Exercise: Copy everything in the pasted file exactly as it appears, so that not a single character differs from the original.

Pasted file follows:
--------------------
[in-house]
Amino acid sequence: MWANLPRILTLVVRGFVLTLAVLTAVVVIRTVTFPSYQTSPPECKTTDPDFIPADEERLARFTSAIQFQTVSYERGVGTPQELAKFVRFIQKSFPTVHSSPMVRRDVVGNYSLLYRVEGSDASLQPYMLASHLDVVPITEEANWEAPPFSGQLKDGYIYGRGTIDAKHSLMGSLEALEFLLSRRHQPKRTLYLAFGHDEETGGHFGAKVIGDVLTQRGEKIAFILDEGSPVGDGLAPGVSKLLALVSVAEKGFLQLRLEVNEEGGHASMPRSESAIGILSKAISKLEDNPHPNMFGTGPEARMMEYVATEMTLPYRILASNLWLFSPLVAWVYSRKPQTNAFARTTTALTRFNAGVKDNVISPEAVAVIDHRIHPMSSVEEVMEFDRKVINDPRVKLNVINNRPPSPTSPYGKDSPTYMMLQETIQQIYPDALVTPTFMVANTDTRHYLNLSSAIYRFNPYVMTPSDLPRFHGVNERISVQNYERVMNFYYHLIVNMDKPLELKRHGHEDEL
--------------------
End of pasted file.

[in-house]
Amino acid sequence: MWANLPRILTLVVRGFVLTLAVLTAVVVIRTVTFPSYQTSPPECKTTDPDFIPADEERLARFTSAIQFQTVSYERGVGTPQELAKFVRFIQKSFPTVHSSPMVRRDVVGNYSLLYRVEGSDASLQPYMLASHLDVVPITEEANWEAPPFSGQLKDGYIYGRGTIDAKHSLMGSLEALEFLLSRRHQPKRTLYLAFGHDEETGGHFGAKVIGDVLTQRGEKIAFILDEGSPVGDGLAPGVSKLLALVSVAEKGFLQLRLEVNEEGGHASMPRSESAIGILSKAISKLEDNPHPNMFGTGPEARMMEYVATEMTLPYRILASNLWLFSPLVAWVYSRKPQTNAFARTTTALTRFNAGVKDNVISPEAVAVIDHRIHPMSSVEEVMEFDRKVINDPRVKLNVINNRPPSPTSPYGKDSPTYMMLQETIQQIYPDALVTPTFMVANTDTRHYLNLSSAIYRFNPYVMTPSDLPRFHGVNERISVQNYERVMNFYYHLIVNMDKPLELKRHGHEDEL